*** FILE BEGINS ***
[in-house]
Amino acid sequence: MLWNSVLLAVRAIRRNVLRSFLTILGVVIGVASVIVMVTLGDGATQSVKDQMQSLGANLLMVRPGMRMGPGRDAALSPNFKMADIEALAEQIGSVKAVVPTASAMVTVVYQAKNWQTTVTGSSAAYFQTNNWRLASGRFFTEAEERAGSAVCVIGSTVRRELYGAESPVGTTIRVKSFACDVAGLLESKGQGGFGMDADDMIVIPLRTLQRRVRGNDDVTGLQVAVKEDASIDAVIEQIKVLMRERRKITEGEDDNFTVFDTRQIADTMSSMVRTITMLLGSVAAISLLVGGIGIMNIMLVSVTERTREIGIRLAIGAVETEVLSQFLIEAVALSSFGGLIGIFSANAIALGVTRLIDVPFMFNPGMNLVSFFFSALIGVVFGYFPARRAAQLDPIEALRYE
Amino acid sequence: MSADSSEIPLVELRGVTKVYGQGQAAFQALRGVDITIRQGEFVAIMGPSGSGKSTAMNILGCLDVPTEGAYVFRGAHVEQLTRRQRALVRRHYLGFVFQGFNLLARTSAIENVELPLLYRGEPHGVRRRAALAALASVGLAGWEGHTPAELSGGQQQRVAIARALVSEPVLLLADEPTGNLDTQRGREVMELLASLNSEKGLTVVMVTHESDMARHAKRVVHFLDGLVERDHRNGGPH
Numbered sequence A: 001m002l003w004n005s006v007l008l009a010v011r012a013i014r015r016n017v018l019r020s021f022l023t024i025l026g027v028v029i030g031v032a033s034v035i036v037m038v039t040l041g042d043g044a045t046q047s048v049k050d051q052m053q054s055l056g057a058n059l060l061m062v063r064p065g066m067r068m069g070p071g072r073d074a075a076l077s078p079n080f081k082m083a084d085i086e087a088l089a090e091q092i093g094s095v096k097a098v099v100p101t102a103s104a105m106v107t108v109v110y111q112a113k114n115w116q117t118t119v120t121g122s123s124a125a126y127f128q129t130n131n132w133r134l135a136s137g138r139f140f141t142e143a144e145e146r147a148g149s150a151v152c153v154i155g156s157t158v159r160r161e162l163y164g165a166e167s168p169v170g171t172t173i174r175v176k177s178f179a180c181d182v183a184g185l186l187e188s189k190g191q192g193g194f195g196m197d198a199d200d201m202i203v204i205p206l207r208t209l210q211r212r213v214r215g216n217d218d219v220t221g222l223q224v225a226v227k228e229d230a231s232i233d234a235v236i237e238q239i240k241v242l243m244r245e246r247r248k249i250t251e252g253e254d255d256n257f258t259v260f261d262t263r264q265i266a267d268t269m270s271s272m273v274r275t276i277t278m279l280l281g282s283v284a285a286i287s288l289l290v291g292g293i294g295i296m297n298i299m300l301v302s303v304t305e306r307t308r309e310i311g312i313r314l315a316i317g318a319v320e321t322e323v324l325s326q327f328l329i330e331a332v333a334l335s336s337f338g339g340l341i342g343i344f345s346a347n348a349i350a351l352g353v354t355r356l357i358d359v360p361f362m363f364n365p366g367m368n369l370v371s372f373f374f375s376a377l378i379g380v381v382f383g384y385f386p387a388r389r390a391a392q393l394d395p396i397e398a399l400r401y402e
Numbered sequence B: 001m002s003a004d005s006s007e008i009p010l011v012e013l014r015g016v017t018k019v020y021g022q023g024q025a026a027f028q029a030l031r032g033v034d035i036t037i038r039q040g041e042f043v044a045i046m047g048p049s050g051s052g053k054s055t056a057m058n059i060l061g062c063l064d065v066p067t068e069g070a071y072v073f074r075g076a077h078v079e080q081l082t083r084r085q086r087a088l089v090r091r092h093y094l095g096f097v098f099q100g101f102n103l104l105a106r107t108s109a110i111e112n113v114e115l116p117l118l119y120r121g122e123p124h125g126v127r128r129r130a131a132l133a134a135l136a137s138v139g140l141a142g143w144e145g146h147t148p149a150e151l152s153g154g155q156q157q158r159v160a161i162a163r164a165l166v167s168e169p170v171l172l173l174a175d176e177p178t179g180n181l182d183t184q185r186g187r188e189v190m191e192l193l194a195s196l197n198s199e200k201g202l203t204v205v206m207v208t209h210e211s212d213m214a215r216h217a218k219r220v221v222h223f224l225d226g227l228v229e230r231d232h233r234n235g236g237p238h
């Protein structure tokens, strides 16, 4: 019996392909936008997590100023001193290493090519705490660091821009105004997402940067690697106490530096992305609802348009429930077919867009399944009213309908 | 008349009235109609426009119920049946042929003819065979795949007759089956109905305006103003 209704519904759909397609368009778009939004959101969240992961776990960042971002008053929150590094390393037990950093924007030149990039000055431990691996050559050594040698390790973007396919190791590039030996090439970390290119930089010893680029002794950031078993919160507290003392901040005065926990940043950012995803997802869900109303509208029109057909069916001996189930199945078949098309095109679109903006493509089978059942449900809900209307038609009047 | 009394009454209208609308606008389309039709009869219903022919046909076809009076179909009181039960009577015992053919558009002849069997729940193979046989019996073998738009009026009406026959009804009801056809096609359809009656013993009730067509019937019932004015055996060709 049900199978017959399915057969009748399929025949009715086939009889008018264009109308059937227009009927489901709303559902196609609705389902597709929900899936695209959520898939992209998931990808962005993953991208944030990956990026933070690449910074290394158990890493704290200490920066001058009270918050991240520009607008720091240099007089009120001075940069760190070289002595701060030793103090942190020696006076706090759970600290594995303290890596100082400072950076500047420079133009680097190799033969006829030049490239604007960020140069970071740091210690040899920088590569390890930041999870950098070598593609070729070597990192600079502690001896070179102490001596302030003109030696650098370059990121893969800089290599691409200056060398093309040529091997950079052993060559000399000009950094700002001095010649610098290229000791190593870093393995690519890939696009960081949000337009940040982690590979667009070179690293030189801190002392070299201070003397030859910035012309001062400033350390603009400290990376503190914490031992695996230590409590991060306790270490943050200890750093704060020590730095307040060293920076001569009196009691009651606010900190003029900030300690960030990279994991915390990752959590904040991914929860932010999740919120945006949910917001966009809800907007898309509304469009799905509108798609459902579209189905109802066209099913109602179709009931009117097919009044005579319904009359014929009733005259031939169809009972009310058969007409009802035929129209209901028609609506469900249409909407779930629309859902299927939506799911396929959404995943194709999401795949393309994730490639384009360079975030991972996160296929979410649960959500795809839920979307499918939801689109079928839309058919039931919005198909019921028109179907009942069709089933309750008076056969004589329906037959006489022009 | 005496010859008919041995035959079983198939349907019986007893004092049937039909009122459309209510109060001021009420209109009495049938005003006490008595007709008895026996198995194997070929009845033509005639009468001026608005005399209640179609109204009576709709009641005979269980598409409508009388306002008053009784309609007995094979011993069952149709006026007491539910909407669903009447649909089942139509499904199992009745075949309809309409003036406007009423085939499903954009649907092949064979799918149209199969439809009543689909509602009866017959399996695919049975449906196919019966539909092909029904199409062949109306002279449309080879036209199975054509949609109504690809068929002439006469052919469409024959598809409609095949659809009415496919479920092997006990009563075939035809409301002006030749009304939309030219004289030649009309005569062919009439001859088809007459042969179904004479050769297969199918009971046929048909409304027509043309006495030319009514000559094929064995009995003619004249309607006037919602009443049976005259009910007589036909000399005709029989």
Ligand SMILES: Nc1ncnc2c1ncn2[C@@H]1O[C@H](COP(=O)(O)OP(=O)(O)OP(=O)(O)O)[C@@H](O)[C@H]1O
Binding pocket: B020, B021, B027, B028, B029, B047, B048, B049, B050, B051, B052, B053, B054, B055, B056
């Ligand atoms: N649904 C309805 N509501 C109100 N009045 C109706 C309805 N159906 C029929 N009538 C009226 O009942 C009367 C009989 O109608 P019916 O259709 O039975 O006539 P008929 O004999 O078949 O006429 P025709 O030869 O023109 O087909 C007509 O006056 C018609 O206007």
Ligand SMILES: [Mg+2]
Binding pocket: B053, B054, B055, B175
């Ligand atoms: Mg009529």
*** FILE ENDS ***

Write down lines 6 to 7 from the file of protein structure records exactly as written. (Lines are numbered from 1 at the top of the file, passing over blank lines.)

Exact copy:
């Protein structure tokens, strides 16, 4: 019996392909936008997590100023001193290493090519705490660091821009105004997402940067690697106490530096992305609802348009429930077919867009399944009213309908 | 008349009235109609426009119920049946042929003819065979795949007759089956109905305006103003 209704519904759909397609368009778009939004959101969240992961776990960042971002008053929150590094390393037990950093924007030149990039000055431990691996050559050594040698390790973007396919190791590039030996090439970390290119930089010893680029002794950031078993919160507290003392901040005065926990940043950012995803997802869900109303509208029109057909069916001996189930199945078949098309095109679109903006493509089978059942449900809900209307038609009047 | 009394009454209208609308606008389309039709009869219903022919046909076809009076179909009181039960009577015992053919558009002849069997729940193979046989019996073998738009009026009406026959009804009801056809096609359809009656013993009730067509019937019932004015055996060709 049900199978017959399915057969009748399929025949009715086939009889008018264009109308059937227009009927489901709303559902196609609705389902597709929900899936695209959520898939992209998931990808962005993953991208944030990956990026933070690449910074290394158990890493704290200490920066001058009270918050991240520009607008720091240099007089009120001075940069760190070289002595701060030793103090942190020696006076706090759970600290594995303290890596100082400072950076500047420079133009680097190799033969006829030049490239604007960020140069970071740091210690040899920088590569390890930041999870950098070598593609070729070597990192600079502690001896070179102490001596302030003109030696650098370059990121893969800089290599691409200056060398093309040529091997950079052993060559000399000009950094700002001095010649610098290229000791190593870093393995690519890939696009960081949000337009940040982690590979667009070179690293030189801190002392070299201070003397030859910035012309001062400033350390603009400290990376503190914490031992695996230590409590991060306790270490943050200890750093704060020590730095307040060293920076001569009196009691009651606010900190003029900030300690960030990279994991915390990752959590904040991914929860932010999740919120945006949910917001966009809800907007898309509304469009799905509108798609459902579209189905109802066209099913109602179709009931009117097919009044005579319904009359014929009733005259031939169809009972009310058969007409009802035929129209209901028609609506469900249409909407779930629309859902299927939506799911396929959404995943194709999401795949393309994730490639384009360079975030991972996160296929979410649960959500795809839920979307499918939801689109079928839309058919039931919005198909019921028109179907009942069709089933309750008076056969004589329906037959006489022009 | 005496010859008919041995035959079983198939349907019986007893004092049937039909009122459309209510109060001021009420209109009495049938005003006490008595007709008895026996198995194997070929009845033509005639009468001026608005005399209640179609109204009576709709009641005979269980598409409508009388306002008053009784309609007995094979011993069952149709006026007491539910909407669903009447649909089942139509499904199992009745075949309809309409003036406007009423085939499903954009649907092949064979799918149209199969439809009543689909509602009866017959399996695919049975449906196919019966539909092909029904199409062949109306002279449309080879036209199975054509949609109504690809068929002439006469052919469409024959598809409609095949659809009415496919479920092997006990009563075939035809409301002006030749009304939309030219004289030649009309005569062919009439001859088809007459042969179904004479050769297969199918009971046929048909409304027509043309006495030319009514000559094929064995009995003619004249309607006037919602009443049976005259009910007589036909000399005709029989």
Ligand SMILES: Nc1ncnc2c1ncn2[C@@H]1O[C@H](COP(=O)(O)OP(=O)(O)OP(=O)(O)O)[C@@H](O)[C@H]1O